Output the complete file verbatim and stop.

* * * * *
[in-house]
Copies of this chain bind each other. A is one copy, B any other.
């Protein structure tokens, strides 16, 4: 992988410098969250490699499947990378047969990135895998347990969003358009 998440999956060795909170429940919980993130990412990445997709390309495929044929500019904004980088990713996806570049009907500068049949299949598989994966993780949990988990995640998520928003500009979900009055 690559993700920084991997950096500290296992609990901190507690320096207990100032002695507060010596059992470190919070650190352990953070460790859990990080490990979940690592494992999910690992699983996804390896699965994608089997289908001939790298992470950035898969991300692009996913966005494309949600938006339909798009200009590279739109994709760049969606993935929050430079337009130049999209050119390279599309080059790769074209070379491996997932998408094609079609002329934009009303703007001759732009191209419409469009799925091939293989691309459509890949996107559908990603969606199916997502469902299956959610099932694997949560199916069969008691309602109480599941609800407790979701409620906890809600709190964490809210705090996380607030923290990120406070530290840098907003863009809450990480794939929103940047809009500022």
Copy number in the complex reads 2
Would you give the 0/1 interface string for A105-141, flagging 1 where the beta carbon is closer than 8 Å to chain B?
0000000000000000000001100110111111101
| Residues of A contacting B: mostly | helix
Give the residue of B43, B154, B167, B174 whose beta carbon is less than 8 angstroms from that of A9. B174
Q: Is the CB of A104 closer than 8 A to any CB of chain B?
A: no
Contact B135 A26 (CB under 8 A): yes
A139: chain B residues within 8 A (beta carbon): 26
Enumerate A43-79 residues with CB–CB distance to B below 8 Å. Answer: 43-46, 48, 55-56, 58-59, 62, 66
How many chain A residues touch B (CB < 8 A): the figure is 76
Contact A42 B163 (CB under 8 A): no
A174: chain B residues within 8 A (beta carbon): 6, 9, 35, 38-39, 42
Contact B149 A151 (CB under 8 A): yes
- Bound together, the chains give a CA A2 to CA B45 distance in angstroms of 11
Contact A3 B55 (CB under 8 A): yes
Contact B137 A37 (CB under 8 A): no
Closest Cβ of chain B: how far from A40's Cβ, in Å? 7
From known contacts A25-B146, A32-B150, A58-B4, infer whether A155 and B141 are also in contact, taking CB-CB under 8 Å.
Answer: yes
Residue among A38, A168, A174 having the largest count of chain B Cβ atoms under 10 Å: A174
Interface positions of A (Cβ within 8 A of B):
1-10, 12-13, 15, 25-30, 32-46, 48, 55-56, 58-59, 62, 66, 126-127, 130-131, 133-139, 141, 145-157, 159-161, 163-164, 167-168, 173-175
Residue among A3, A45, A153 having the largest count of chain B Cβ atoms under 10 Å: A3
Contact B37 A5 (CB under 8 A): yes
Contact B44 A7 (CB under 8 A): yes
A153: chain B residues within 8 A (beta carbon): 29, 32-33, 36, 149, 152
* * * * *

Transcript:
[in-house]
Copies of this chain bind each other. A is one copy, B any other.
């Protein structure tokens, strides 16, 4: 992988410098969250490699499947990378047969990135895998347990969003358009 998440999956060795909170429940919980993130990412990445997709390309495929044929500019904004980088990713996806570049009907500068049949299949598989994966993780949990988990995640998520928003500009979900009055 690559993700920084991997950096500290296992609990901190507690320096207990100032002695507060010596059992470190919070650190352990953070460790859990990080490990979940690592494992999910690992699983996804390896699965994608089997289908001939790298992470950035898969991300692009996913966005494309949600938006339909798009200009590279739109994709760049969606993935929050430079337009130049999209050119390279599309080059790769074209070379491996997932998408094609079609002329934009009303703007001759732009191209419409469009799925091939293989691309459509890949996107559908990603969606199916997502469902299956959610099932694997949560199916069969008691309602109480599941609800407790979701409620906890809600709190964490809210705090996380607030923290990120406070530290840098907003863009809450990480794939929103940047809009500022």
Copy number in the complex reads 2
Would you give the 0/1 interface string for A105-141, flagging 1 where the beta carbon is closer than 8 Å to chain B?
0000000000000000000001100110111111101
| Residues of A contacting B: mostly | helix
Give the residue of B43, B154, B167, B174 whose beta carbon is less than 8 angstroms from that of A9. B174
Q: Is the CB of A104 closer than 8 A to any CB of chain B?
A: no
Contact B135 A26 (CB under 8 A): yes
A139: chain B residues within 8 A (beta carbon): 26
Enumerate A43-79 residues with CB–CB distance to B below 8 Å. Answer: 43-46, 48, 55-56, 58-59, 62, 66
How many chain A residues touch B (CB < 8 A): the figure is 76
Contact A42 B163 (CB under 8 A): no
A174: chain B residues within 8 A (beta carbon): 6, 9, 35, 38-39, 42
Contact B149 A151 (CB under 8 A): yes
- Bound together, the chains give a CA A2 to CA B45 distance in angstroms of 11
Contact A3 B55 (CB under 8 A): yes
Contact B137 A37 (CB under 8 A): no
Closest Cβ of chain B: how far from A40's Cβ, in Å? 7
From known contacts A25-B146, A32-B150, A58-B4, infer whether A155 and B141 are also in contact, taking CB-CB under 8 Å.
Answer: yes
Residue among A38, A168, A174 having the largest count of chain B Cβ atoms under 10 Å: A174
Interface positions of A (Cβ within 8 A of B):
1-10, 12-13, 15, 25-30, 32-46, 48, 55-56, 58-59, 62, 66, 126-127, 130-131, 133-139, 141, 145-157, 159-161, 163-164, 167-168, 173-175
Residue among A3, A45, A153 having the largest count of chain B Cβ atoms under 10 Å: A3
Contact B37 A5 (CB under 8 A): yes
Contact B44 A7 (CB under 8 A): yes
A153: chain B residues within 8 A (beta carbon): 29, 32-33, 36, 149, 152